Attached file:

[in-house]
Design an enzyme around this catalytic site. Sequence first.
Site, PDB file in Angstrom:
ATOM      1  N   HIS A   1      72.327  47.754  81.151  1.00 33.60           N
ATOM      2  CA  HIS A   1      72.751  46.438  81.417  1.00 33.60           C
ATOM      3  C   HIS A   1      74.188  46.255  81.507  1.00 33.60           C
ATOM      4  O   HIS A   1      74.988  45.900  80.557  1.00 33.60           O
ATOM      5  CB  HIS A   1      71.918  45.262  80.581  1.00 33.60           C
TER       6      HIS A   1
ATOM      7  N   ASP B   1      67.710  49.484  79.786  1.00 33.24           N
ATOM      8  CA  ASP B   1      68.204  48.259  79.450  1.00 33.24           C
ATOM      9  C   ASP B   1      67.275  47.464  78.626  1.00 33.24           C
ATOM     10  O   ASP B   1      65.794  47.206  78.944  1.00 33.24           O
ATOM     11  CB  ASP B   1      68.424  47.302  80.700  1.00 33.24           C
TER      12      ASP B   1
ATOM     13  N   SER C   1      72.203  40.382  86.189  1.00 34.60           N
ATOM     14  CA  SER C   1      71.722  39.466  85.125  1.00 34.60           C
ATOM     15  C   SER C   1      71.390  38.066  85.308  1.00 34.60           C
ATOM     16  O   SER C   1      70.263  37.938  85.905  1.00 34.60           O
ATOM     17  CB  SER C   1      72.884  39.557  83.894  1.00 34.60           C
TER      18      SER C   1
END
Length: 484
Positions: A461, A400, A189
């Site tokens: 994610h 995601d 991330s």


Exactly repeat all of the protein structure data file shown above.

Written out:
[in-house]
Design an enzyme around this catalytic site. Sequence first.
Site, PDB file in Angstrom:
ATOM      1  N   HIS A   1      72.327  47.754  81.151  1.00 33.60           N
ATOM      2  CA  HIS A   1      72.751  46.438  81.417  1.00 33.60           C
ATOM      3  C   HIS A   1      74.188  46.255  81.507  1.00 33.60           C
ATOM      4  O   HIS A   1      74.988  45.900  80.557  1.00 33.60           O
ATOM      5  CB  HIS A   1      71.918  45.262  80.581  1.00 33.60           C
TER       6      HIS A   1
ATOM      7  N   ASP B   1      67.710  49.484  79.786  1.00 33.24           N
ATOM      8  CA  ASP B   1      68.204  48.259  79.450  1.00 33.24           C
ATOM      9  C   ASP B   1      67.275  47.464  78.626  1.00 33.24           C
ATOM     10  O   ASP B   1      65.794  47.206  78.944  1.00 33.24           O
ATOM     11  CB  ASP B   1      68.424  47.302  80.700  1.00 33.24           C
TER      12      ASP B   1
ATOM     13  N   SER C   1      72.203  40.382  86.189  1.00 34.60           N
ATOM     14  CA  SER C   1      71.722  39.466  85.125  1.00 34.60           C
ATOM     15  C   SER C   1      71.390  38.066  85.308  1.00 34.60           C
ATOM     16  O   SER C   1      70.263  37.938  85.905  1.00 34.60           O
ATOM     17  CB  SER C   1      72.884  39.557  83.894  1.00 34.60           C
TER      18      SER C   1
END
Length: 484
Positions: A461, A400, A189
């Site tokens: 994610h 995601d 991330s």